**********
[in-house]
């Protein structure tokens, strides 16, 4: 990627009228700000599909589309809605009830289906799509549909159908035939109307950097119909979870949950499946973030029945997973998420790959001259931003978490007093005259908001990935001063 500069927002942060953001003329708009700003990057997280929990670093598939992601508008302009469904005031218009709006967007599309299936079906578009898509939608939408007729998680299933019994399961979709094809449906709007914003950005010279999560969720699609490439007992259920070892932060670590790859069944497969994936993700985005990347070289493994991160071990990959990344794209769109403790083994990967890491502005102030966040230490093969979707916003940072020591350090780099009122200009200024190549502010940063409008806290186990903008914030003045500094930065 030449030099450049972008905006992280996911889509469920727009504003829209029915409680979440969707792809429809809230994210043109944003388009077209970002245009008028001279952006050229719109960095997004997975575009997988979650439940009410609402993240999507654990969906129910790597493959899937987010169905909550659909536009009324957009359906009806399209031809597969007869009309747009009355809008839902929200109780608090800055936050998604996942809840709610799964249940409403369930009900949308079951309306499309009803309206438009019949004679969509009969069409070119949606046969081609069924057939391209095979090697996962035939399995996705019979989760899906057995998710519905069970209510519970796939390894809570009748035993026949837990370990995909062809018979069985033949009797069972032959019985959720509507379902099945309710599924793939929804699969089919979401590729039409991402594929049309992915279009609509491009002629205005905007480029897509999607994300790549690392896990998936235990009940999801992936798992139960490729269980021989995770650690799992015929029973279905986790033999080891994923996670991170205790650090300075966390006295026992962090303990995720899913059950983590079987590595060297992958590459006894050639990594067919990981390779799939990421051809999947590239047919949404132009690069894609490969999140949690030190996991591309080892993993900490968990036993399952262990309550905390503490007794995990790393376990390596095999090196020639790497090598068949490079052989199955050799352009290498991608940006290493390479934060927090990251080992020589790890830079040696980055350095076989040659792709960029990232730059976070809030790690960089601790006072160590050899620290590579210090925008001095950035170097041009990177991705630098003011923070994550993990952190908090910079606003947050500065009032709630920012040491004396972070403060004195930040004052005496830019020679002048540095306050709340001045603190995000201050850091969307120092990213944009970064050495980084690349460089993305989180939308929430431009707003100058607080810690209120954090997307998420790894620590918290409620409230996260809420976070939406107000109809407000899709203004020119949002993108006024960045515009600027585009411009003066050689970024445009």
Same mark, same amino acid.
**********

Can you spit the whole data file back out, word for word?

[in-house]
């Protein structure tokens, strides 16, 4: 990627009228700000599909589309809605009830289906799509549909159908035939109307950097119909979870949950499946973030029945997973998420790959001259931003978490007093005259908001990935001063 500069927002942060953001003329708009700003990057997280929990670093598939992601508008302009469904005031218009709006967007599309299936079906578009898509939608939408007729998680299933019994399961979709094809449906709007914003950005010279999560969720699609490439007992259920070892932060670590790859069944497969994936993700985005990347070289493994991160071990990959990344794209769109403790083994990967890491502005102030966040230490093969979707916003940072020591350090780099009122200009200024190549502010940063409008806290186990903008914030003045500094930065 030449030099450049972008905006992280996911889509469920727009504003829209029915409680979440969707792809429809809230994210043109944003388009077209970002245009008028001279952006050229719109960095997004997975575009997988979650439940009410609402993240999507654990969906129910790597493959899937987010169905909550659909536009009324957009359906009806399209031809597969007869009309747009009355809008839902929200109780608090800055936050998604996942809840709610799964249940409403369930009900949308079951309306499309009803309206438009019949004679969509009969069409070119949606046969081609069924057939391209095979090697996962035939399995996705019979989760899906057995998710519905069970209510519970796939390894809570009748035993026949837990370990995909062809018979069985033949009797069972032959019985959720509507379902099945309710599924793939929804699969089919979401590729039409991402594929049309992915279009609509491009002629205005905007480029897509999607994300790549690392896990998936235990009940999801992936798992139960490729269980021989995770650690799992015929029973279905986790033999080891994923996670991170205790650090300075966390006295026992962090303990995720899913059950983590079987590595060297992958590459006894050639990594067919990981390779799939990421051809999947590239047919949404132009690069894609490969999140949690030190996991591309080892993993900490968990036993399952262990309550905390503490007794995990790393376990390596095999090196020639790497090598068949490079052989199955050799352009290498991608940006290493390479934060927090990251080992020589790890830079040696980055350095076989040659792709960029990232730059976070809030790690960089601790006072160590050899620290590579210090925008001095950035170097041009990177991705630098003011923070994550993990952190908090910079606003947050500065009032709630920012040491004396972070403060004195930040004052005496830019020679002048540095306050709340001045603190995000201050850091969307120092990213944009970064050495980084690349460089993305989180939308929430431009707003100058607080810690209120954090997307998420790894620590918290409620409230996260809420976070939406107000109809407000899709203004020119949002993108006024960045515009600027585009411009003066050689970024445009």
Same mark, same amino acid.